The minister has had to be defending the decision, given that the extent of the financial and economic fallout from the virus remains unknown. Clarke insists the country now has a sufficient fiscal buffer, some flowing from the intake from the IPOs of Wigton Windfarm and TransJamaican Highway.
If the crisis requires the Government to act, he said Thursday at a press conference, it had the capacity to add more funds to the current contingency budget of $7 billion, if needed.
The Private Sector Organisation of Jamaica, the primary voice of corporate Jamaica, has reacted positively to the budget, saying it was “comfortable that it should positively enhance the business climate and increase confidence in very uncertain times exacerbated by the local presence of COVID-19”.
The tax giveback includes a 1.5 point reduction in GCT to 15 per cent; a 50 per cent reduction in the asset tax paid by regulated firms, from a rate of 0.25 per cent to 0.125 per cent; and an income tax credit for small companies that make less than $500 million in revenue annually.
That package is to be voted on at the close of the Budget Debate by lawmakers, and, if passed, is scheduled to take effect on April 1.
In the meantime, the Young Entrepreneurs Association (YEA), whose membership if for business owners under the age of 46, is already feeling financial effects of the coronavirus and looking to the Government and lenders for concessions.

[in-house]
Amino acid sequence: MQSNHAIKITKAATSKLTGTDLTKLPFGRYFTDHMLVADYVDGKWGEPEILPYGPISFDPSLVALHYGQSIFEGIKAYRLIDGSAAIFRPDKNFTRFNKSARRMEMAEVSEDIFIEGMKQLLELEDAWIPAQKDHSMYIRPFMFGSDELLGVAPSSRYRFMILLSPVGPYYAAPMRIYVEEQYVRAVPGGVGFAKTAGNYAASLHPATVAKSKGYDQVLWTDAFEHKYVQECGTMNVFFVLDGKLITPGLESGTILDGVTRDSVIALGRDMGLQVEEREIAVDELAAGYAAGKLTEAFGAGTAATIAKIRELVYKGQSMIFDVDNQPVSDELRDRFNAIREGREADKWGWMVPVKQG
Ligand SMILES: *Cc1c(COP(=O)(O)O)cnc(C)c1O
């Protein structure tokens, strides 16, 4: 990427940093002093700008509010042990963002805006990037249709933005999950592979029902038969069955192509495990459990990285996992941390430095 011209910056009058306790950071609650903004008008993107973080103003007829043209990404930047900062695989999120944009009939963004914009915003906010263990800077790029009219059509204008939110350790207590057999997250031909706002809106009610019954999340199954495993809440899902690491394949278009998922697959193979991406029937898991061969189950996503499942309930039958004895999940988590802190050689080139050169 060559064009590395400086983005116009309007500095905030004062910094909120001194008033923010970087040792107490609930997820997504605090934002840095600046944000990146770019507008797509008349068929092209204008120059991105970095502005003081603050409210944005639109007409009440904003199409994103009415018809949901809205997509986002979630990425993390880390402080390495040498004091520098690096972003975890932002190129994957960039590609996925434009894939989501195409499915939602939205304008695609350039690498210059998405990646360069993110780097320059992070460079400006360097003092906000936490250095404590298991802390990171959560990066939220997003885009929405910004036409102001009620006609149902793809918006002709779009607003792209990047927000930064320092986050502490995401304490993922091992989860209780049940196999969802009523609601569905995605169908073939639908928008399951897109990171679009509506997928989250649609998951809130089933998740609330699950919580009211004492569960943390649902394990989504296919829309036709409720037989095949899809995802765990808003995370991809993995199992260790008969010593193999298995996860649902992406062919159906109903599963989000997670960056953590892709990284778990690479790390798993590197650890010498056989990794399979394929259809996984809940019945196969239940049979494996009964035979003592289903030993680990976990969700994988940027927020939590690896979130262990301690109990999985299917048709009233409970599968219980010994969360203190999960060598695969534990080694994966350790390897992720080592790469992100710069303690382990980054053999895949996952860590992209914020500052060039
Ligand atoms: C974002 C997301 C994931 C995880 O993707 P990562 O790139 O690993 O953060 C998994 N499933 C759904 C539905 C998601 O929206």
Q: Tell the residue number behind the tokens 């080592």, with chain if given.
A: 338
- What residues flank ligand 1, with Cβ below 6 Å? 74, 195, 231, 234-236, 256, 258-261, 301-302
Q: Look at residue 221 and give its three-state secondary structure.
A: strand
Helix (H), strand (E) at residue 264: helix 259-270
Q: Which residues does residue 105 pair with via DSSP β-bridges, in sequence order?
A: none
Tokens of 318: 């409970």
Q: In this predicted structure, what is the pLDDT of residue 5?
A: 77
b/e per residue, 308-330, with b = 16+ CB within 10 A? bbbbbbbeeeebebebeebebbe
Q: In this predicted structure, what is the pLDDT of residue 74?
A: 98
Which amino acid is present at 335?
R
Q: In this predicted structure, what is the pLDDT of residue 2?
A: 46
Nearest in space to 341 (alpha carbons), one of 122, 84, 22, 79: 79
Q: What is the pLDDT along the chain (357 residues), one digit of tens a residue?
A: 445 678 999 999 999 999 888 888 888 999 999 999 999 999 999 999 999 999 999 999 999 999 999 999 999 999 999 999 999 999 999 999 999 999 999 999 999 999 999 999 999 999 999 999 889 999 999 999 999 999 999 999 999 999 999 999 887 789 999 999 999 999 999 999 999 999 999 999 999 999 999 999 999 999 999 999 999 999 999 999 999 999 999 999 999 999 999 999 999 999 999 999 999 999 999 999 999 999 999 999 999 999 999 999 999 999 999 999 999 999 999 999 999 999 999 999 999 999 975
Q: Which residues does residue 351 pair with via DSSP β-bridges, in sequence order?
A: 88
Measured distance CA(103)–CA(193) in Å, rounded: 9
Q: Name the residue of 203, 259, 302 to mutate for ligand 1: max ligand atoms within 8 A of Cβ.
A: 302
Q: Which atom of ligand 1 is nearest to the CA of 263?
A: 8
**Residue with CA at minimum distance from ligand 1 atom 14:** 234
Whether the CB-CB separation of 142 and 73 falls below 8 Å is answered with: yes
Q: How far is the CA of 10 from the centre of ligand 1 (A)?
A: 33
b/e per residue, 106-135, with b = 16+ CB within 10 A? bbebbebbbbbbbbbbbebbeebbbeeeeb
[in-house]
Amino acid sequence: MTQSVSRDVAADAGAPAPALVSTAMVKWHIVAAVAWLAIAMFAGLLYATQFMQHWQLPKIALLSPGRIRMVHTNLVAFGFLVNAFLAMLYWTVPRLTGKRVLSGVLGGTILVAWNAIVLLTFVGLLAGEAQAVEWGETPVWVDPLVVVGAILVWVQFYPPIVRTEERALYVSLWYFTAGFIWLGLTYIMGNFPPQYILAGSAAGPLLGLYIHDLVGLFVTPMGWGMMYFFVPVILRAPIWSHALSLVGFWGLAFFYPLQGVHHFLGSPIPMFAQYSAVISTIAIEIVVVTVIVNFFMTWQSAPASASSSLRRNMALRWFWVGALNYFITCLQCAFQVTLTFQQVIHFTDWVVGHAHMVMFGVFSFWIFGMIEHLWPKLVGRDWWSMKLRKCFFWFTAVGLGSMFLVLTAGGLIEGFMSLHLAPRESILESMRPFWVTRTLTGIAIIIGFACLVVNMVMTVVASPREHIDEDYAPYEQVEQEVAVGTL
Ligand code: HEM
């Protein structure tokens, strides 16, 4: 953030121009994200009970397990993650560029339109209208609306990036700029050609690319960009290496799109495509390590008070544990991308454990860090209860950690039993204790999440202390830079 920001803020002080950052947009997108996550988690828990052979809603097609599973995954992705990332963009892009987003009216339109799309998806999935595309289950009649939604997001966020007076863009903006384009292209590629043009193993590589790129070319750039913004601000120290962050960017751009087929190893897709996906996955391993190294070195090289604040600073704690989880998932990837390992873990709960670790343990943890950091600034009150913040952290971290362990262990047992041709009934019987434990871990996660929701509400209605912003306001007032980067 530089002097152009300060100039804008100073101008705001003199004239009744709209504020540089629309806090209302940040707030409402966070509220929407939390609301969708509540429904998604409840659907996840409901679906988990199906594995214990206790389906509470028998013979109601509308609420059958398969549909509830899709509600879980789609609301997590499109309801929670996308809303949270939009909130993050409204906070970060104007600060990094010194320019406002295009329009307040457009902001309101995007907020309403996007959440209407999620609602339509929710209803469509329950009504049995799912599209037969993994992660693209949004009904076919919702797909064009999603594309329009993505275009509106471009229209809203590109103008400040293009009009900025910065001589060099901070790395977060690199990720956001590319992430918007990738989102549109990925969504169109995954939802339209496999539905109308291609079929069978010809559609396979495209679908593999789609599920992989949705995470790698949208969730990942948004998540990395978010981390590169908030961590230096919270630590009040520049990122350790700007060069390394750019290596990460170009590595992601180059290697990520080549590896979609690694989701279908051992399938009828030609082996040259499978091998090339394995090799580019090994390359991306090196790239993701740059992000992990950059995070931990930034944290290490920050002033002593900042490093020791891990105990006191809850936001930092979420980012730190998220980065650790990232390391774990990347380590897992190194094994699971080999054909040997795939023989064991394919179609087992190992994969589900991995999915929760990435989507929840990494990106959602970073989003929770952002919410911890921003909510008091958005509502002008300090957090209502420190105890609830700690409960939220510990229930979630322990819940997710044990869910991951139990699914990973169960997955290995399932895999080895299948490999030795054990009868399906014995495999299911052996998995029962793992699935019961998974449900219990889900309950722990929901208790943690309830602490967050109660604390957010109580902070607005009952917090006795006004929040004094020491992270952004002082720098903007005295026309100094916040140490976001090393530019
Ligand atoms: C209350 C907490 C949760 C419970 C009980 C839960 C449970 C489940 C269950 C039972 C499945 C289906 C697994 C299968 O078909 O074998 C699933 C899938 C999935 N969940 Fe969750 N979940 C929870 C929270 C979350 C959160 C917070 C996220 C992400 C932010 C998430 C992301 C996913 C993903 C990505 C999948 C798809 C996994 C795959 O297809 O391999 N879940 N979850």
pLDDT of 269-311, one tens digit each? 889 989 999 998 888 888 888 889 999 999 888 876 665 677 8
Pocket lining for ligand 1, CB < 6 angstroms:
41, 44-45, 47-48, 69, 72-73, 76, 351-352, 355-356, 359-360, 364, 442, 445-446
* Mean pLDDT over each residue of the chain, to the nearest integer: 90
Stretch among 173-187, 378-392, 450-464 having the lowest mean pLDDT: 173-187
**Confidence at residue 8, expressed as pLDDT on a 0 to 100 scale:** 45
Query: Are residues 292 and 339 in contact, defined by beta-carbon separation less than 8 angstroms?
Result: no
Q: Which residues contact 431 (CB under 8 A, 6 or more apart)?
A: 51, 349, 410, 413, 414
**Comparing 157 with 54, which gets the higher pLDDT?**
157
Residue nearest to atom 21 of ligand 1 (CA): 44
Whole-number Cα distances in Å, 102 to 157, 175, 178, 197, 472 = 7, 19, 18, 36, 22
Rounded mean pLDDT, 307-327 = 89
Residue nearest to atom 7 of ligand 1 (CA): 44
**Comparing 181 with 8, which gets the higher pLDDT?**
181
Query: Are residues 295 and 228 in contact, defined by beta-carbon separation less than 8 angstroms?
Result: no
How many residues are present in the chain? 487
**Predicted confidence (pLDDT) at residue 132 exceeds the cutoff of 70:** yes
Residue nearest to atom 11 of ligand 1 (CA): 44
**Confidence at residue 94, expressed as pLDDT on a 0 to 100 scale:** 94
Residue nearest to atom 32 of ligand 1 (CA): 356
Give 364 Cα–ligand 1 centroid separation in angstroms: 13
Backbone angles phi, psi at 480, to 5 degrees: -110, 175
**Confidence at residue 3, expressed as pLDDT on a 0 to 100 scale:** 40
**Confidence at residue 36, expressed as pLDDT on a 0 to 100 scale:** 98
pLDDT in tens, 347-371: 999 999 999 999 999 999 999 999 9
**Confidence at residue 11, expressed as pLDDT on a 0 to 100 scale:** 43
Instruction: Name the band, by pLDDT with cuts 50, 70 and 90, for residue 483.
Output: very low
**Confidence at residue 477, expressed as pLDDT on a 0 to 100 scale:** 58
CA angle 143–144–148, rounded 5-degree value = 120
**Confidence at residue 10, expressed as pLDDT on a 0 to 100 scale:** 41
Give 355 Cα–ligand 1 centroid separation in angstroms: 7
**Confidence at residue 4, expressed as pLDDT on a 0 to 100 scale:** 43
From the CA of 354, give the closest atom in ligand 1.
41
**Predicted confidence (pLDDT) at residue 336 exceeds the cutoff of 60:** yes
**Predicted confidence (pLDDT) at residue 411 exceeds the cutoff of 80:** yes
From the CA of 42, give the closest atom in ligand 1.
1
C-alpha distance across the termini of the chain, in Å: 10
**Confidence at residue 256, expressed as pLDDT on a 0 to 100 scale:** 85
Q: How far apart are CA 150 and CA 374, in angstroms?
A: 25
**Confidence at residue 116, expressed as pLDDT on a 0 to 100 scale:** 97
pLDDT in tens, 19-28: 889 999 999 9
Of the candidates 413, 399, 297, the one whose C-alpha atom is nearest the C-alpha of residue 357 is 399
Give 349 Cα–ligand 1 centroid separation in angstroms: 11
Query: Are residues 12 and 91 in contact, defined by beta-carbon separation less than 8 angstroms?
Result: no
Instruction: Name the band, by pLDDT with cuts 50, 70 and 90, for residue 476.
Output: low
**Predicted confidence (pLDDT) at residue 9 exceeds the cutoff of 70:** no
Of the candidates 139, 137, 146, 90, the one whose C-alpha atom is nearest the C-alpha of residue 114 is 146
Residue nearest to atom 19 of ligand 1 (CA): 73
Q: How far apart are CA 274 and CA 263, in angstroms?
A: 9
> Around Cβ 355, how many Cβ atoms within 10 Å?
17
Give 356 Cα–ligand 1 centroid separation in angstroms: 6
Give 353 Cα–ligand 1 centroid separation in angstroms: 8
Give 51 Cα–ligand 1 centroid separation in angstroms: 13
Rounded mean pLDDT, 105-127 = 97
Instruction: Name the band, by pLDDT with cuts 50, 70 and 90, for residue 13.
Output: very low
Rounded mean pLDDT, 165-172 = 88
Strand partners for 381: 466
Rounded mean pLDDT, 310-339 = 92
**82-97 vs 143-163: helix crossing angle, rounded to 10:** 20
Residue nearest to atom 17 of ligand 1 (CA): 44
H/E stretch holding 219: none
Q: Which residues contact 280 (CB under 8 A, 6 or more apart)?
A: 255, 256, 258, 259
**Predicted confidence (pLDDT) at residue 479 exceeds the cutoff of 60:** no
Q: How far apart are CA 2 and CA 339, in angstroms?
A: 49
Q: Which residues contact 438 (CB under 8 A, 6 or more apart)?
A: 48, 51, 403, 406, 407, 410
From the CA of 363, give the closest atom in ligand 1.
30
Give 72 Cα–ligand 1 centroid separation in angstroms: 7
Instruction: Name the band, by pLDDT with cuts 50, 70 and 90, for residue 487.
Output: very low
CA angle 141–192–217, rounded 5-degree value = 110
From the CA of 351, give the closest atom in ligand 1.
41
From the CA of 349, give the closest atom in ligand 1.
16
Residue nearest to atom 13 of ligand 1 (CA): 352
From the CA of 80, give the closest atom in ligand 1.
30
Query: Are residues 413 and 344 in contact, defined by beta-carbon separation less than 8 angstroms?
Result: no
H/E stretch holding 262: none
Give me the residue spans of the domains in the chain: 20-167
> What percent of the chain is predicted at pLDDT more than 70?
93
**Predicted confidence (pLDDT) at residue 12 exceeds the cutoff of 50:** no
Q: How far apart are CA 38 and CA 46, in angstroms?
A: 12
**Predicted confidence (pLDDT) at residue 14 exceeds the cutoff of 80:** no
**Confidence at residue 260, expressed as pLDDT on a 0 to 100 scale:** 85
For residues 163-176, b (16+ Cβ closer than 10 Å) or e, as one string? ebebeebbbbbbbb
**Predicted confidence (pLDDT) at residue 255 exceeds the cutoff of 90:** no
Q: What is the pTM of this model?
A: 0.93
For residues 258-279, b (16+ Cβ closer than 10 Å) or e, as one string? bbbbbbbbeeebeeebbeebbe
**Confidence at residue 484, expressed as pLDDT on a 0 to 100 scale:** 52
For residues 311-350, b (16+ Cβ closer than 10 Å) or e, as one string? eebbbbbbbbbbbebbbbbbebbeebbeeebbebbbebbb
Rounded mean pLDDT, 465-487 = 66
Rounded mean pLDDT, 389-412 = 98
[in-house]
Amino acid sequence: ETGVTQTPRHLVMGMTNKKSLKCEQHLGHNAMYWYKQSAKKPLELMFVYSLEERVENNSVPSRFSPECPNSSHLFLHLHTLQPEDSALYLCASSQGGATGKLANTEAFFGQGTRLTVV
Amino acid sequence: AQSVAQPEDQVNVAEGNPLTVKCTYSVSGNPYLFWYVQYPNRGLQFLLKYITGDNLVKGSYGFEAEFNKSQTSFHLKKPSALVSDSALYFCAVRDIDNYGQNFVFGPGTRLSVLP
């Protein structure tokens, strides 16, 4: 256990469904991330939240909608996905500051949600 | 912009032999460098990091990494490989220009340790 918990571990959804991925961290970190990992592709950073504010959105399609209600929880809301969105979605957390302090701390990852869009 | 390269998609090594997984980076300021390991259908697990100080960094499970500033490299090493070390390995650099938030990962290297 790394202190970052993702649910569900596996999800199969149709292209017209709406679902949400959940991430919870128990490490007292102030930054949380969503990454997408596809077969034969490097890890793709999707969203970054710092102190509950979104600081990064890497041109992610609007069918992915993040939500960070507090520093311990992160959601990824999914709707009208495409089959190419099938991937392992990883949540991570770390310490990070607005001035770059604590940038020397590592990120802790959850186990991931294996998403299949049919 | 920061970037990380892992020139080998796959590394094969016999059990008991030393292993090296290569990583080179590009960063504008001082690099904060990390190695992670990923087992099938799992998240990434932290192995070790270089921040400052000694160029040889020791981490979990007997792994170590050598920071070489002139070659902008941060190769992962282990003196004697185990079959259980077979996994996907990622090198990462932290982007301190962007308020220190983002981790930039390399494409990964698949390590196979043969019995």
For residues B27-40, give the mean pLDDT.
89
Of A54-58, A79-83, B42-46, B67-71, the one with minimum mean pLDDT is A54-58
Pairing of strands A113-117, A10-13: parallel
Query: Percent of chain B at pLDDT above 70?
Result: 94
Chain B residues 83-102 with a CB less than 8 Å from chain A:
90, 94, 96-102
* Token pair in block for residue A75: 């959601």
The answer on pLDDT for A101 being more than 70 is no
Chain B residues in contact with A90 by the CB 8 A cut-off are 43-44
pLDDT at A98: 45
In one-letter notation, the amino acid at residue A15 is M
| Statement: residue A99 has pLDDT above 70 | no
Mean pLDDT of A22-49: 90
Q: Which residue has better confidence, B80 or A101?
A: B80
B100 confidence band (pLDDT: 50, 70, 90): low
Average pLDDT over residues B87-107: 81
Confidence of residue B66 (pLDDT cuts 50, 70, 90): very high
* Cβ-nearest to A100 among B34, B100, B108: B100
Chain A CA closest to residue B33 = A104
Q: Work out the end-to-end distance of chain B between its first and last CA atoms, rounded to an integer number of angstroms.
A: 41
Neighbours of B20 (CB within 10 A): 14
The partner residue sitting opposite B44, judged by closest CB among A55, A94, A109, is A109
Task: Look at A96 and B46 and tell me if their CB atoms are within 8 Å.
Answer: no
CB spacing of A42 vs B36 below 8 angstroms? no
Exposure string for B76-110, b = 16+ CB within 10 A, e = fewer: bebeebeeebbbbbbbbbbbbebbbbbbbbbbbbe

“Our members have already begun experiencing reduced demand for some of the products and services. The shutdown of many supply chains out of Asia is also expected to significantly impact our members’ ability to secure some of the inputs and raw materials needed, and prices are expected to escalate rapidly,” the YEA said in a statement.
It has since called for a slash in interest rates, payment holidays and moratoriums, during this period, from the financial institutions and utility companies. It is also calling for the Government to consider grants to provide financial reprieves and encouraged the production of goods that may become short in supply, such as toiletries and sanitation products.
In the meantime, the YEA has advised its members to implement helplines, online platforms and other remote customer service facilities where possible, as precautionary measures against the spread of the virus.
The PSOJ, meanwhile, is cognisant of the vulnerable positions that some businesses have found themselves in.
“There are active discussions now taking place between the Jamaica Bankers’ Association, and financial institutions and business associations are also meeting to see how best to deal with the situation,” Keith Duncan, the president of the PSOJ, and CEO of financial conglomerate JMMB Group Limited, told the Financial Gleaner.
The number of coronavirus cases globally now tops 133,000, and was approaching 5,000 deaths. Jamaica was the fourth Caribbean country to have confirmed the virus, behind Dominica Republic, St Martin and St Barthelemy. Cases in the region have since been identified in Guyana, St Vincent & the Grenadines, and, most recently, Cuba.